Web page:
Metro-East News

Collinsville fire chief search continues as assistant chief retires

The Collinsville Fire Department is losing its leader for the second time in a year, while the search goes on for a new chief.

Assistant Fire Chief Dale Kyrouac is retiring effective Friday after 24 years with the Collinsville Fire Department. In addition to his many other positions within the department, Kyrouac has been the interim chief since December, when former chief Mark Emert resigned to take a job in Montana.

“We’re really sad that he’s leaving,” said Stacey O’Brien, human resources manager for the city of Collinsville.

In the meantime, the search for a new fire chief has been ongoing. O’Brien said the city has been working with the Illinois Fire Chiefs Association as consultants to work with them on recruitment and assessment of fire chief candidates.

“We started a search early in the spring, but we didn’t get a strong pool of candidates,” O’Brien said. “The association suggested we wait until early fall to do more recruitment.”

It seems to have worked: the fall pool included 24 candidates, which has now been narrowed down to six finalists. O’Brien said those six will come in next week for an all-day assessment by IFCA.

The assessors look for a variety of skill sets in a fire chief, according to IFCA executive director Tim Sashko. They’re looking at experience with training programs, interactive capabilities, finances and budget management, experience in collective bargaining, educational levels, participation with trade organizations and more. Many fire chief candidates have masters-level degrees and certifications in subjects ranging from fire safety to homeland security to civic administration, Sashko said.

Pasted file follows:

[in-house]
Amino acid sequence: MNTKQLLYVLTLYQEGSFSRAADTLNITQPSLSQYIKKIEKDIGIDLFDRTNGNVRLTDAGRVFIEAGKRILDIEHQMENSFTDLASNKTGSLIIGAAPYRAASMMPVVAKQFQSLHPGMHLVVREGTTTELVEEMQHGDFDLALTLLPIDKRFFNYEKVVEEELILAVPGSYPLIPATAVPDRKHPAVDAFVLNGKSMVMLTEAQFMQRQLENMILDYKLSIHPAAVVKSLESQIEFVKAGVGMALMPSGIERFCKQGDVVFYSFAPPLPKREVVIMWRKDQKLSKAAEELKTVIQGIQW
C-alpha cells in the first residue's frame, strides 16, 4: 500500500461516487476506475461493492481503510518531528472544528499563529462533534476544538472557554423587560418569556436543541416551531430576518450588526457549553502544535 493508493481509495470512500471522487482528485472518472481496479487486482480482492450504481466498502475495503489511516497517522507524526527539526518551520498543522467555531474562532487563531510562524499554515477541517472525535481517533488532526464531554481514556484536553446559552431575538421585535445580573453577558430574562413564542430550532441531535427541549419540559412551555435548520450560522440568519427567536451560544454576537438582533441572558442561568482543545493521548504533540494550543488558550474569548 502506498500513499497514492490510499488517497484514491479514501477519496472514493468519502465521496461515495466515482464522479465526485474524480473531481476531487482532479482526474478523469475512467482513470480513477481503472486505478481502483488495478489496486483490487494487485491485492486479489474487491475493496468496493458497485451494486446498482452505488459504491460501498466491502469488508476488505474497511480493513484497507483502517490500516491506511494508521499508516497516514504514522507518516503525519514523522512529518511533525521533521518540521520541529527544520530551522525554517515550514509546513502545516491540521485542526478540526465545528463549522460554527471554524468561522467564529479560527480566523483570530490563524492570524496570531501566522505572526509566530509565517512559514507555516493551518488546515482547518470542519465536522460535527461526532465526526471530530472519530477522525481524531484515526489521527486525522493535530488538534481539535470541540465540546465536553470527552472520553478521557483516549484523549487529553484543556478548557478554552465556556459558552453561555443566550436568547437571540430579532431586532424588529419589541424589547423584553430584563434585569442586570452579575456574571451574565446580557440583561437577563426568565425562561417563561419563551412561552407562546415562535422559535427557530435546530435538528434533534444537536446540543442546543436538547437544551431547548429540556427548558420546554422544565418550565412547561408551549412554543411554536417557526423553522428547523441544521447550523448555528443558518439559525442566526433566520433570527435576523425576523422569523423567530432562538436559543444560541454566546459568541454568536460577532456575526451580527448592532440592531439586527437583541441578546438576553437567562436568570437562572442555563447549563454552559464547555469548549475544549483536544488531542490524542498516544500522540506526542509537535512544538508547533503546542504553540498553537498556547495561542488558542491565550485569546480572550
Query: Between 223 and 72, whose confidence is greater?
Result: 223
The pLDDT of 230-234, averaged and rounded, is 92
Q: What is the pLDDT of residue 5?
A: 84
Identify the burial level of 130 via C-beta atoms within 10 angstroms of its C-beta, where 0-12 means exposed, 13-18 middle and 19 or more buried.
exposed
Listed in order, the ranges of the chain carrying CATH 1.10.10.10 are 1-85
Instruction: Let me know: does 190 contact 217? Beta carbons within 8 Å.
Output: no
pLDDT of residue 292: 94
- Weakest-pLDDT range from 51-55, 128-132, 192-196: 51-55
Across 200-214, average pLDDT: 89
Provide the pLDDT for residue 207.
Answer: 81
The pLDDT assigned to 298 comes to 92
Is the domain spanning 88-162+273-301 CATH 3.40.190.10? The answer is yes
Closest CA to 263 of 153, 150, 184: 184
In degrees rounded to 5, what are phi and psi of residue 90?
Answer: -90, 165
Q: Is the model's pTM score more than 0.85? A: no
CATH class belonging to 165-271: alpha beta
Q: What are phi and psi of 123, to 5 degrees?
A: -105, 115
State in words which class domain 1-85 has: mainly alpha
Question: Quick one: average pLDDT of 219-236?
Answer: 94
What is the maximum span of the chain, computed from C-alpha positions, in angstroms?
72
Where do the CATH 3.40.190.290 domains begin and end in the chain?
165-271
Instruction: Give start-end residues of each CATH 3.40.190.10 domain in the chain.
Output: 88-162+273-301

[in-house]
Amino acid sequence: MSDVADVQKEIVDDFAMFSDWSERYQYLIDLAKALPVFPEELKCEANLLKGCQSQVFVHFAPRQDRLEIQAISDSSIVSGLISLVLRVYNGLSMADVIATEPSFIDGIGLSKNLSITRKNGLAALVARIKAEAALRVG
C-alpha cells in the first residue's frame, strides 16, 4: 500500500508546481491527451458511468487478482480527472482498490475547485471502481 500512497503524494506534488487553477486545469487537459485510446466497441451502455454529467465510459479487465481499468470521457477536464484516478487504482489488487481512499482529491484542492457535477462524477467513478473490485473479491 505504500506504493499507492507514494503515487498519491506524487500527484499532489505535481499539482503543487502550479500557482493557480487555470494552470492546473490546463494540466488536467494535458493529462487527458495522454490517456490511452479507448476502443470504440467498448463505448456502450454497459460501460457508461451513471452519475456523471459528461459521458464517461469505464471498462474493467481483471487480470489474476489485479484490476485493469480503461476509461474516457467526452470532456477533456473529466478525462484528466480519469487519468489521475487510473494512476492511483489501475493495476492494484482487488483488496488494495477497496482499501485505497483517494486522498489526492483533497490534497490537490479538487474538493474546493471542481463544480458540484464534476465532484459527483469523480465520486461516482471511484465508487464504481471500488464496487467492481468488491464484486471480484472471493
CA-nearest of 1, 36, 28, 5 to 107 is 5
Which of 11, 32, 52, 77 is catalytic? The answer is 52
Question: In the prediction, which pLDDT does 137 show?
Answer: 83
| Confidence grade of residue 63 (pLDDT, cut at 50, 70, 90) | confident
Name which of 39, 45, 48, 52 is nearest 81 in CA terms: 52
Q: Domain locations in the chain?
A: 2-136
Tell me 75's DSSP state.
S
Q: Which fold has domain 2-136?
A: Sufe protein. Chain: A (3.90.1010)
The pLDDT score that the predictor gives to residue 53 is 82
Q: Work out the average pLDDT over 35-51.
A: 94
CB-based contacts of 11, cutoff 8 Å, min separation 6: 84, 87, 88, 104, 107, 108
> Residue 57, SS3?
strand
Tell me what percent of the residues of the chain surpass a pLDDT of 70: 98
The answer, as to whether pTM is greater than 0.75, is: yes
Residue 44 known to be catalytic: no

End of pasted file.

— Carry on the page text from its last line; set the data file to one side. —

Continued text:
“We try to peel the onion as best we can, looking for the attributes you want in a strong leader,” Sashko said.

IFCA does this kind of assessment and consulting for many municipalities and fire districts, due to the unique qualifications needed for emergency management services, Sashko said. “It’s very common throughout the industry when looking at law enforcement and fire chiefs,” he said.

Sashko said IFCA officials will meet with Collinsville city leaders on Wednesday next week, put the candidates through the assessment process on Thursday, and hopefully will have a scoring matrix for Collinsville leaders by the end of the week. “From there, with our guidance, they’ll decide who they want to bring in for final candidate interviews,” Sashko said. “I would imagine within a few weeks, they should be able to make an announcement.”

Likewise, the city is still working on who will be running the department with both Emert and Kyrouac gone. “We are in the process of working that out,” O’Brien said. “We have been working with the captains in the fire department and the president of the union, so we’re all collaborating.”

Kyrouac is not the only recent retirement from the department: 35-year veteran Lt. Randy Barnett retired in August.

Meanwhile, Kyrouac’s departure has been commemorated on social media. The Collinsville Emergency Management Agency congratulated him on his retirement on Wednesday. “Thank you for your many years of dedicated service to the Collinsville Fire Department and the citizens of Collinsville,” they wrote.

Elizabeth Donald: 618-239-2507, @BNDedonald

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